JEFF THE KILLER
"Jeff the Killer" is a story accompanied by an image of the title character. In the story, a teenager named Jeff is on his way to school with his younger brother when they are attacked by a group of bullies. Jeff defends himself and his brother, and leaves the assailants lying in the street beaten, their hands and arms broken. After his brother claims he injured the bullies and is arrested, Jeff spends several days distraught, before going to a birthday party in the neighbourhood where he is attacked by the bullies again. Although he manages to kill all of the assailants, he is severely burned during the confrontation after being set on fire. During a stay at the hospital, Jeff realizes that he enjoys harming people, and goes insane. The night after he is discharged, he slices his face, leaving a scar in the shape of a smile, and cuts off his eyelids, so that he will never sleep. He then murders his parents and brother, whispering "go to sleep" while killing his sibling. He becomes a serial killer who sneaks into houses at night and whispers "go to sleep" to his victims before killing them.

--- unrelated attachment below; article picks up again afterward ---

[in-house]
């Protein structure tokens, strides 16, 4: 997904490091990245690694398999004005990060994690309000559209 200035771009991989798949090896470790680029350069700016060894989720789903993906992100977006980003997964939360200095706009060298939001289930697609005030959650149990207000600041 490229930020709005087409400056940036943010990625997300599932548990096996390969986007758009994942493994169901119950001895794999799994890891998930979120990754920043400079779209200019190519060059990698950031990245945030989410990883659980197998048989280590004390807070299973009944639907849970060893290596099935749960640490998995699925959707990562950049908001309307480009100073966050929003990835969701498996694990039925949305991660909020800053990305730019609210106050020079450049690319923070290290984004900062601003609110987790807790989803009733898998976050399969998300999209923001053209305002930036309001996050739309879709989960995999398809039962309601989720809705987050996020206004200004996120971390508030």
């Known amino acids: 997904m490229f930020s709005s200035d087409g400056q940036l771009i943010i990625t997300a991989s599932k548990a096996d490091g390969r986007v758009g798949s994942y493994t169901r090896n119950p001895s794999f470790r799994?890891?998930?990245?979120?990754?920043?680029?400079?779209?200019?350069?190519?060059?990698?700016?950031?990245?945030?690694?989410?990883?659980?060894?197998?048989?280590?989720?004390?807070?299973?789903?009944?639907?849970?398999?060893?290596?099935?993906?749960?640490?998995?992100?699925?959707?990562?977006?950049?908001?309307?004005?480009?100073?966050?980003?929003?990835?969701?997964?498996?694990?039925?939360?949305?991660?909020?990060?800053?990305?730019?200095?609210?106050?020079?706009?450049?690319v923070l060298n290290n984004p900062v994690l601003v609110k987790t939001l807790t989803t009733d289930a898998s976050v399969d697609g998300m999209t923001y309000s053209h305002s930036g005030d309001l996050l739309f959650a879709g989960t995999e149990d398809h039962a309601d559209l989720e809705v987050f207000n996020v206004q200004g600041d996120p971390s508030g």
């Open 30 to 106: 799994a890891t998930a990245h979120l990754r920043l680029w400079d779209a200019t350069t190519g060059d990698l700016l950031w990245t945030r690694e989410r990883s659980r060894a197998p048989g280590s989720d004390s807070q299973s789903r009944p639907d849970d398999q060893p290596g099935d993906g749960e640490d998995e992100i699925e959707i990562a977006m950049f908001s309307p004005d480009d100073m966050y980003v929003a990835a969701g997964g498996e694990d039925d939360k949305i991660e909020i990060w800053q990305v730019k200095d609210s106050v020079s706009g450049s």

Chroma key compositing, or chroma keying, is a special effects / post-production technique for compositing (layering) two images or video streams together based on color hues (chroma range). The technique has been used heavily in many fields to remove a background from the subject of a photo or video – particularly the newscasting, motion picture and videogame industries. A color range in the foreground footage is made transparent, allowing separately filmed background footage or a static image to be inserted into the scene. The chroma keying technique is commonly used in video production and post-production. This technique is also referred to as color keying, colour-separation overlay (CSO; primarily by the BBC), or by various terms for specific color-related variants such as green screen, and blue screen – chroma keying can be done with backgrounds of any color that are uniform and distinct, but green and blue backgrounds are more commonly used because they differ most distinctly in hue from most human skin colors. No part of the subject being filmed or photographed may duplicate the color used as the backing.